This is apparently the thirteenth release by the Necks, and this reviewer is ashamed to admit that it's the first one he's heard, especially when the music is singular enough to satisfy the average iconoclast status to which this reviewer would make no claim, incidentally.
Describing what the Necks do seems to serve no purpose when it comes to trying to convey the feel of their music. Their minimalism is of a singular order in the sense that it maximises use of the smallest fragments of musical material, and the way in which they expand upon such material might almost ...read more
The members of Australian trio The Necks may have individually mixed pedigrees, having functioned in a variety of contexts from pop to hardcore to more conventional jazz. But when pianist Chris Abrahams, bassist Lloyd Swanton, and drummer Tony Buck get together as The Necks, it's a different beast entirely. Like them or not, they score high marks for originality. The music on Mosquito/See Through is certainly unlike anything else you're apt to hear, ranging from delicate ambience to darker stasis.
Of the two hour-long pieces that make up this two-disc set, Mosquito" is clearly the more approachable. Revolving, for the ...read more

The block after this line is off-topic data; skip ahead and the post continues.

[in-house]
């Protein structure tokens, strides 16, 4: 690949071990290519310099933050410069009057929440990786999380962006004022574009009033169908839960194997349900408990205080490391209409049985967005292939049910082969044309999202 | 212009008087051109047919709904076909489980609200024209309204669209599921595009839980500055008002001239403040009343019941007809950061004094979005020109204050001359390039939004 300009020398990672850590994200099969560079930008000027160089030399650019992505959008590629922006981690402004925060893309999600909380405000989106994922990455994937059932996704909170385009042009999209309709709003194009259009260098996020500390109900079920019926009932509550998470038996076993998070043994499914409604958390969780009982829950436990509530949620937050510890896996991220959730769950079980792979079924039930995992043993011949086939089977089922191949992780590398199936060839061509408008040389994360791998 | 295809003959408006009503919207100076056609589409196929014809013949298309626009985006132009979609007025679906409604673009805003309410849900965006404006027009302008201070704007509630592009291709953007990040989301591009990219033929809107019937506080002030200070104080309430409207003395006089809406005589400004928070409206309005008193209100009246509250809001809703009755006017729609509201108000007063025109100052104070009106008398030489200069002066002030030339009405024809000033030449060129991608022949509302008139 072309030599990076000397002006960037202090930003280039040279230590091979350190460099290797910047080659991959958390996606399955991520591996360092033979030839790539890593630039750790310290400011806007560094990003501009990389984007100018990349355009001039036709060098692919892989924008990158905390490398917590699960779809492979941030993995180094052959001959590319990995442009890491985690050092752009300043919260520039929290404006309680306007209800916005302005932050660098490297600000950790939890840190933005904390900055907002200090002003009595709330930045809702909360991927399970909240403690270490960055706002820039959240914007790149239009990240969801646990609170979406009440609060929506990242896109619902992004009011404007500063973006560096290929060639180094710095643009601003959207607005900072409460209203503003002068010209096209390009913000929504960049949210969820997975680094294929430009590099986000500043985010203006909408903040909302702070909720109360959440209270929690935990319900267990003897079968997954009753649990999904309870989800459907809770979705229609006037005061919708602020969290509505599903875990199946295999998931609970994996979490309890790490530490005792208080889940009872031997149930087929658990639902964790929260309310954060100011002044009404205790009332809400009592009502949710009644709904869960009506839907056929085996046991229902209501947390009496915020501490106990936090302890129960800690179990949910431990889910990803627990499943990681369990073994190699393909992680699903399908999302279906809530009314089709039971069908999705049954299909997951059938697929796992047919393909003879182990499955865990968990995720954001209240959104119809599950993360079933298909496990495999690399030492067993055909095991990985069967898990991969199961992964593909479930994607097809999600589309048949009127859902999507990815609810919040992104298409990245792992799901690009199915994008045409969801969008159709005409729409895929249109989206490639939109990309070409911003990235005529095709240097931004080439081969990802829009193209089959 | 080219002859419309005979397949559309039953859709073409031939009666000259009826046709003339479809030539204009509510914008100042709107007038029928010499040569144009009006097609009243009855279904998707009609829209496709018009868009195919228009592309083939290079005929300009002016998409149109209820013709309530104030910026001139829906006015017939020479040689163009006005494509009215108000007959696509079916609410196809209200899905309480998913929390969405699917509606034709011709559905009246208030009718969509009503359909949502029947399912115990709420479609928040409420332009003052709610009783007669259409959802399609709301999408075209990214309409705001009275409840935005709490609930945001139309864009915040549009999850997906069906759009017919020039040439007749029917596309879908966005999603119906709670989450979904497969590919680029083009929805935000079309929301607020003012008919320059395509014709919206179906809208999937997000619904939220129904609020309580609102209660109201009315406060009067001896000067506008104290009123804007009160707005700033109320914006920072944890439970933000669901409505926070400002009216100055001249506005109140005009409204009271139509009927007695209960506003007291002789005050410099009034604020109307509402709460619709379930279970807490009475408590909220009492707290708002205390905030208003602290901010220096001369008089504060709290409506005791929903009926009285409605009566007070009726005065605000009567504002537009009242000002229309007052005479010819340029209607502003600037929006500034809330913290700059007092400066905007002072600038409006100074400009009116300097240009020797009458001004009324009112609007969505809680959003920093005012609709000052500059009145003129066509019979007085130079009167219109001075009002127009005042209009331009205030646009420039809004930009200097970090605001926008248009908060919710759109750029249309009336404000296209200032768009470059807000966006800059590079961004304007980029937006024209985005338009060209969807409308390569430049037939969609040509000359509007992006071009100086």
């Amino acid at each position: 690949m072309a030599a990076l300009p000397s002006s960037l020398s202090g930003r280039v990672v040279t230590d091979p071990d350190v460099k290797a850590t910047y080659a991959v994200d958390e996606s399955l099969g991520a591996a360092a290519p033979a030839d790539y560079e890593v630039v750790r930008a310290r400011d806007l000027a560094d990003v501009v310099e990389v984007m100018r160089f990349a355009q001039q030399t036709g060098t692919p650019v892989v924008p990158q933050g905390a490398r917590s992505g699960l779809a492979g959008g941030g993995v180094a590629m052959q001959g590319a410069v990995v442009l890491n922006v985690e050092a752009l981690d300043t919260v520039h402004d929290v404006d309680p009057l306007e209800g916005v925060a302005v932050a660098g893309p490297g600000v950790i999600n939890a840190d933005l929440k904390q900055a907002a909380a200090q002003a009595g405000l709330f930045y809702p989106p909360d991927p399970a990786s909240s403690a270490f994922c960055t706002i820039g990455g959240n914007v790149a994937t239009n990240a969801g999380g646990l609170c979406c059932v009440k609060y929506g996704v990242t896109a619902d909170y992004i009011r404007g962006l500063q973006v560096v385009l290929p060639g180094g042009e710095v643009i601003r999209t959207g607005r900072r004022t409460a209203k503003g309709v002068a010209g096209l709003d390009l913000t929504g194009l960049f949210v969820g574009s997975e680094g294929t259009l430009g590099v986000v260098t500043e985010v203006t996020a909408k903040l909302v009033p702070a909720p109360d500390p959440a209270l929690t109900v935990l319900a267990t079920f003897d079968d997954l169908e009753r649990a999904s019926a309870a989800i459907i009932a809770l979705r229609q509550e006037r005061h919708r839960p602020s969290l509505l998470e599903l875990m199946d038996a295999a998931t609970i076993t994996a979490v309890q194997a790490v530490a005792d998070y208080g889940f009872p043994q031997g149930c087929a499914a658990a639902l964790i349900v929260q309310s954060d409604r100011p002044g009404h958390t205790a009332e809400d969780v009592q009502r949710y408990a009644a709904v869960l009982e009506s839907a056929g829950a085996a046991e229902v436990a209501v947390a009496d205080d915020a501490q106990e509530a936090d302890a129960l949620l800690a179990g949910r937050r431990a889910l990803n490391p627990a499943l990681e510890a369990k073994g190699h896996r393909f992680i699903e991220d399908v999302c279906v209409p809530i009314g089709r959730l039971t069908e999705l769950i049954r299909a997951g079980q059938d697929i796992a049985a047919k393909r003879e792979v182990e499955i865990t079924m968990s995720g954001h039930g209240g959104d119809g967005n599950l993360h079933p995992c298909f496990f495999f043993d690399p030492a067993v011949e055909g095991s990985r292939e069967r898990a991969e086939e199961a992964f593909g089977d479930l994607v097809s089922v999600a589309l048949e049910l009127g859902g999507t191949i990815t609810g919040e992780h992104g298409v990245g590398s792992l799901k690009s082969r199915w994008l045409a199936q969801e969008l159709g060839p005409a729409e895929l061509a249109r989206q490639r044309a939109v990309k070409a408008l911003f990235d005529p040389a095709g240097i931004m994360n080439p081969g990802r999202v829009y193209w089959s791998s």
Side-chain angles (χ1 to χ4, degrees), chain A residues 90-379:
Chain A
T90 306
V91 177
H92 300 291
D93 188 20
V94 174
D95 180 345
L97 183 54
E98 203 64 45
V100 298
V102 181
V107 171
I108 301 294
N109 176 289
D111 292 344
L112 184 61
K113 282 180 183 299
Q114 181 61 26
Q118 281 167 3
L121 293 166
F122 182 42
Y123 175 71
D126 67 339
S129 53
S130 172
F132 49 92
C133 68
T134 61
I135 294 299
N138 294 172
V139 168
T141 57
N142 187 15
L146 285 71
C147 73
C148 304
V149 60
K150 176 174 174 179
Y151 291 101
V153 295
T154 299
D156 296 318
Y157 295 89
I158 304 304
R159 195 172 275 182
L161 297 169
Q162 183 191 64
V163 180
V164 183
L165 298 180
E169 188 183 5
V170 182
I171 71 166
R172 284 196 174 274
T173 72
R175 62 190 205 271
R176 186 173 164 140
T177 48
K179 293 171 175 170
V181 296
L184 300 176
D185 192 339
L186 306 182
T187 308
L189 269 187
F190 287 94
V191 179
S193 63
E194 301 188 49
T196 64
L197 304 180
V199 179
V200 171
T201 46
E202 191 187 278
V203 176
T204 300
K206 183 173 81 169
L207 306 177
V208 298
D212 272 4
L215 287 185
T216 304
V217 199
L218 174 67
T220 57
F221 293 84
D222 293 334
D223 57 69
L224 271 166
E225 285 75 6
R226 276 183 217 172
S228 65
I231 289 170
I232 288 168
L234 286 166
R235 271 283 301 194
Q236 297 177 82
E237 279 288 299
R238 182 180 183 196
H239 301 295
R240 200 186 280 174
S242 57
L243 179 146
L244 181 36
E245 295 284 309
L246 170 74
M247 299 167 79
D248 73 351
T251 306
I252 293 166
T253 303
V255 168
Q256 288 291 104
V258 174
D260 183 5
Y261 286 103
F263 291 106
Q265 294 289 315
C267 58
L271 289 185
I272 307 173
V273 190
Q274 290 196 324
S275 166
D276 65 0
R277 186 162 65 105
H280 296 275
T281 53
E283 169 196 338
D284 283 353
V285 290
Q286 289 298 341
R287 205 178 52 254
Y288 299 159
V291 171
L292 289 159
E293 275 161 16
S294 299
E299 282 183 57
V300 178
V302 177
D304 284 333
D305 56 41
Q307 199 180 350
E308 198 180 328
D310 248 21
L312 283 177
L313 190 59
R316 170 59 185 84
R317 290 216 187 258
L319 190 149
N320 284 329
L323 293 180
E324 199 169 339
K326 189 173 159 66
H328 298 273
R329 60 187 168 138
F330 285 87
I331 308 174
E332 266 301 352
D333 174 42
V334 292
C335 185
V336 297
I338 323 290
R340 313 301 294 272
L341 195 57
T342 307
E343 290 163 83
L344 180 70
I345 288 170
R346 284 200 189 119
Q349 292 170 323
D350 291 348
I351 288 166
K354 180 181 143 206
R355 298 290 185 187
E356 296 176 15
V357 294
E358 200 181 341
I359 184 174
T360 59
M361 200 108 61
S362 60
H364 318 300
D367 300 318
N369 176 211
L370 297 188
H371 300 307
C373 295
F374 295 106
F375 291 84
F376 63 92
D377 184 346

Hard on the heels of Pat Metheny's one-track CD suite The Way Up, here's some more writing on the wall for short attention span/instant gratification culture, as the Time Lords from Oz touch down with an even more uncompromising release. This double CD features two supra- minimalist, breathtakingly audacious, hour-long sound and texture nano explorations--each of them hugely compelling and therapeutic listening.
Mosquito" and See Through" each last a fraction under 62 minutes and are powerfully reminiscent (you'll have to trust me on this) of sitting on a Welsh mountainside, with a headful of Owsley's finest, watching the ...read more